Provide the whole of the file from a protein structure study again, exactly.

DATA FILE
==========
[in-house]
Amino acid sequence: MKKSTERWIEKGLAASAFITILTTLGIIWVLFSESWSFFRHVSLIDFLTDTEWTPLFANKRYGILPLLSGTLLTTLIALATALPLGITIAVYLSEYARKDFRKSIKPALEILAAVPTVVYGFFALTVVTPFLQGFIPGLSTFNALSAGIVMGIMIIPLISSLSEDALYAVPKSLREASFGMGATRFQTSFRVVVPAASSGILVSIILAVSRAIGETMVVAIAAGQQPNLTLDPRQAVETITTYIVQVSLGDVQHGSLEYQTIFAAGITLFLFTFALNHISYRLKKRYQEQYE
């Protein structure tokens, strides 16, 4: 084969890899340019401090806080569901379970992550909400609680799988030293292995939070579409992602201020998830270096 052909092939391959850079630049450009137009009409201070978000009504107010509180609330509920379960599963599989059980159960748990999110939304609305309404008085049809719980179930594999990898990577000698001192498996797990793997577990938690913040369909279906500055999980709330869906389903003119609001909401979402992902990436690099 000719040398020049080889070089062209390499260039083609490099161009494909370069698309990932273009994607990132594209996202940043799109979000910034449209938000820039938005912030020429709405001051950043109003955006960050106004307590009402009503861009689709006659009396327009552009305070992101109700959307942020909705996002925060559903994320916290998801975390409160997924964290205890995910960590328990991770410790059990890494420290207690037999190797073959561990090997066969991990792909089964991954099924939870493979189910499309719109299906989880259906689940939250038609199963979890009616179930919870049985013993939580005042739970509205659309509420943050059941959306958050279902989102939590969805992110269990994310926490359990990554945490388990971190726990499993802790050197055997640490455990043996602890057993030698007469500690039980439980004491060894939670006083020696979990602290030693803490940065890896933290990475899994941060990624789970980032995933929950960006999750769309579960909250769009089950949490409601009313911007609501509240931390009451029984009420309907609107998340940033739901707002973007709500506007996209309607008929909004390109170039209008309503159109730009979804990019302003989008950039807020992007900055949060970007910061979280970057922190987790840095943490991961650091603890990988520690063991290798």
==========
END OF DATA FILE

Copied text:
[in-house]
Amino acid sequence: MKKSTERWIEKGLAASAFITILTTLGIIWVLFSESWSFFRHVSLIDFLTDTEWTPLFANKRYGILPLLSGTLLTTLIALATALPLGITIAVYLSEYARKDFRKSIKPALEILAAVPTVVYGFFALTVVTPFLQGFIPGLSTFNALSAGIVMGIMIIPLISSLSEDALYAVPKSLREASFGMGATRFQTSFRVVVPAASSGILVSIILAVSRAIGETMVVAIAAGQQPNLTLDPRQAVETITTYIVQVSLGDVQHGSLEYQTIFAAGITLFLFTFALNHISYRLKKRYQEQYE
């Protein structure tokens, strides 16, 4: 084969890899340019401090806080569901379970992550909400609680799988030293292995939070579409992602201020998830270096 052909092939391959850079630049450009137009009409201070978000009504107010509180609330509920379960599963599989059980159960748990999110939304609305309404008085049809719980179930594999990898990577000698001192498996797990793997577990938690913040369909279906500055999980709330869906389903003119609001909401979402992902990436690099 000719040398020049080889070089062209390499260039083609490099161009494909370069698309990932273009994607990132594209996202940043799109979000910034449209938000820039938005912030020429709405001051950043109003955006960050106004307590009402009503861009689709006659009396327009552009305070992101109700959307942020909705996002925060559903994320916290998801975390409160997924964290205890995910960590328990991770410790059990890494420290207690037999190797073959561990090997066969991990792909089964991954099924939870493979189910499309719109299906989880259906689940939250038609199963979890009616179930919870049985013993939580005042739970509205659309509420943050059941959306958050279902989102939590969805992110269990994310926490359990990554945490388990971190726990499993802790050197055997640490455990043996602890057993030698007469500690039980439980004491060894939670006083020696979990602290030693803490940065890896933290990475899994941060990624789970980032995933929950960006999750769309579960909250769009089950949490409601009313911007609501509240931390009451029984009420309907609107998340940033739901707002973007709500506007996209309607008929909004390109170039209008309503159109730009979804990019302003989008950039807020992007900055949060970007910061979280970057922190987790840095943490991961650091603890990988520690063991290798």